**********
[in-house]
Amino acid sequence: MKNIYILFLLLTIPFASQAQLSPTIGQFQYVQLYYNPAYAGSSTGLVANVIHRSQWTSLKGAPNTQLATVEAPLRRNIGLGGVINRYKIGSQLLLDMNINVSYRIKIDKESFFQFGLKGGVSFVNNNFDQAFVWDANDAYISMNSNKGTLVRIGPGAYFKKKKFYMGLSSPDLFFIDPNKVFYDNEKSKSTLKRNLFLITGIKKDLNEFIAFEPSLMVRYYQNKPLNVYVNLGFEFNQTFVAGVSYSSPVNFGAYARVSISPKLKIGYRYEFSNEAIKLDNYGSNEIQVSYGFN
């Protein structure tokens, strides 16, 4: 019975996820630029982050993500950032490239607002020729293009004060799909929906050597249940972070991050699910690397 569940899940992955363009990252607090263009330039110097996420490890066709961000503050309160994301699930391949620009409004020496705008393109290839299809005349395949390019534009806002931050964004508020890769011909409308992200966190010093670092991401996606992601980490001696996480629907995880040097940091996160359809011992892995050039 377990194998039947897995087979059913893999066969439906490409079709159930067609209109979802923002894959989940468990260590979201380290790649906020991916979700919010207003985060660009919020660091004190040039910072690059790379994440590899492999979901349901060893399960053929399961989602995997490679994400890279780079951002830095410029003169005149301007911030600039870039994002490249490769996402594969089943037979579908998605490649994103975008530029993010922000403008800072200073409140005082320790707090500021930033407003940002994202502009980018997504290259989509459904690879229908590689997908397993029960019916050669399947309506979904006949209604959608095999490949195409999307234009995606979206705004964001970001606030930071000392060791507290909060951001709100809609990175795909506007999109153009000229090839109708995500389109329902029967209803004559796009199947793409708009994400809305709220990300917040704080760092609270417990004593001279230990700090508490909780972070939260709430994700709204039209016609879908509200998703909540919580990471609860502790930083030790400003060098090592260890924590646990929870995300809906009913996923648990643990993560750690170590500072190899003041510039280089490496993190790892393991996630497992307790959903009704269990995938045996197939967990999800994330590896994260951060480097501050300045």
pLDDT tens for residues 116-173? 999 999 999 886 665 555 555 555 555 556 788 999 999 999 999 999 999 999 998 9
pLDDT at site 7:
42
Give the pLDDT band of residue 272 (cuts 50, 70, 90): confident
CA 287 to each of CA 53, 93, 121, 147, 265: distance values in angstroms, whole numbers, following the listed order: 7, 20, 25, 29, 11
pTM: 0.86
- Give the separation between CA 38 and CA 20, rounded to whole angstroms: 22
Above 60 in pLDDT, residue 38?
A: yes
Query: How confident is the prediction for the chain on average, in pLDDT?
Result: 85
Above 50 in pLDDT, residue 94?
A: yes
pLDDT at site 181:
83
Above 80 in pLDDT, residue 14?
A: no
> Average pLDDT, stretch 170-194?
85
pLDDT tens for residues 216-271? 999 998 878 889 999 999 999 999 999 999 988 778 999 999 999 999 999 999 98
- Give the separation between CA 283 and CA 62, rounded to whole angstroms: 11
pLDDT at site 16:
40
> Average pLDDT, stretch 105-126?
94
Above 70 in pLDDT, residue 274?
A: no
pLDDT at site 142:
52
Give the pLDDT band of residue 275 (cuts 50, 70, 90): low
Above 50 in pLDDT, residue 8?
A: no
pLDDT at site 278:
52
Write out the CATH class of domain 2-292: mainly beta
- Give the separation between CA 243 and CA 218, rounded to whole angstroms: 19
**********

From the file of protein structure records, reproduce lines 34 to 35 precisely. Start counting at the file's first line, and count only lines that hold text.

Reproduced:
Above 50 in pLDDT, residue 8?
A: no